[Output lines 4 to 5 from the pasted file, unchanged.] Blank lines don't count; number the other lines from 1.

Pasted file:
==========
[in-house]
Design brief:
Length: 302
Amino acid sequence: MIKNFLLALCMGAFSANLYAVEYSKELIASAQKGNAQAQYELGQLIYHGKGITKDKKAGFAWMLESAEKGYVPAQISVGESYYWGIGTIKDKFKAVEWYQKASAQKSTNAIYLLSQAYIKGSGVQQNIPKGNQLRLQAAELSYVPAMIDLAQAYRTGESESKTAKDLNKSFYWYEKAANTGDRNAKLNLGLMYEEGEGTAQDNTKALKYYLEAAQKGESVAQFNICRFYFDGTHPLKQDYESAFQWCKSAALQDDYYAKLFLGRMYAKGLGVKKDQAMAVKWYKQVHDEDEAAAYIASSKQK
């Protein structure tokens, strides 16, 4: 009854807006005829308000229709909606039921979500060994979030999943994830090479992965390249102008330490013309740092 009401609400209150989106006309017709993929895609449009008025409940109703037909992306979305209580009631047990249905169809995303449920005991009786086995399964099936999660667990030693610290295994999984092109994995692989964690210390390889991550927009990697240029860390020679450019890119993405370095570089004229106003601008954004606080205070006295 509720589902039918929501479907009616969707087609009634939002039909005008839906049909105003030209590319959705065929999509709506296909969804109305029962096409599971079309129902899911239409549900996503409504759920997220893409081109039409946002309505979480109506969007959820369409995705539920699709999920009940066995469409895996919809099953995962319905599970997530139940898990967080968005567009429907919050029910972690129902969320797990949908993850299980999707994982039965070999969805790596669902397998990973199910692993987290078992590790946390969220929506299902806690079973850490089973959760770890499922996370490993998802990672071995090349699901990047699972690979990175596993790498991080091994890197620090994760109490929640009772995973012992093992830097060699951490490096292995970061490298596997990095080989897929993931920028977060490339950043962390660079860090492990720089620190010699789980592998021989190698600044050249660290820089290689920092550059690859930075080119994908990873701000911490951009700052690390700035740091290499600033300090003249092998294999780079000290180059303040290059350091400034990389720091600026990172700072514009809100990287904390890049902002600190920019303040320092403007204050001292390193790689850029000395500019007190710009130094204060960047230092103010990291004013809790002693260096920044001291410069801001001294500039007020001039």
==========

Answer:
Amino acid sequence: MIKNFLLALCMGAFSANLYAVEYSKELIASAQKGNAQAQYELGQLIYHGKGITKDKKAGFAWMLESAEKGYVPAQISVGESYYWGIGTIKDKFKAVEWYQKASAQKSTNAIYLLSQAYIKGSGVQQNIPKGNQLRLQAAELSYVPAMIDLAQAYRTGESESKTAKDLNKSFYWYEKAANTGDRNAKLNLGLMYEEGEGTAQDNTKALKYYLEAAQKGESVAQFNICRFYFDGTHPLKQDYESAFQWCKSAALQDDYYAKLFLGRMYAKGLGVKKDQAMAVKWYKQVHDEDEAAAYIASSKQK
């Protein structure tokens, strides 16, 4: 009854807006005829308000229709909606039921979500060994979030999943994830090479992965390249102008330490013309740092 009401609400209150989106006309017709993929895609449009008025409940109703037909992306979305209580009631047990249905169809995303449920005991009786086995399964099936999660667990030693610290295994999984092109994995692989964690210390390889991550927009990697240029860390020679450019890119993405370095570089004229106003601008954004606080205070006295 509720589902039918929501479907009616969707087609009634939002039909005008839906049909105003030209590319959705065929999509709506296909969804109305029962096409599971079309129902899911239409549900996503409504759920997220893409081109039409946002309505979480109506969007959820369409995705539920699709999920009940066995469409895996919809099953995962319905599970997530139940898990967080968005567009429907919050029910972690129902969320797990949908993850299980999707994982039965070999969805790596669902397998990973199910692993987290078992590790946390969220929506299902806690079973850490089973959760770890499922996370490993998802990672071995090349699901990047699972690979990175596993790498991080091994890197620090994760109490929640009772995973012992093992830097060699951490490096292995970061490298596997990095080989897929993931920028977060490339950043962390660079860090492990720089620190010699789980592998021989190698600044050249660290820089290689920092550059690859930075080119994908990873701000911490951009700052690390700035740091290499600033300090003249092998294999780079000290180059303040290059350091400034990389720091600026990172700072514009809100990287904390890049902002600190920019303040320092403007204050001292390193790689850029000395500019007190710009130094204060960047230092103010990291004013809790002693260096920044001291410069801001001294500039007020001039």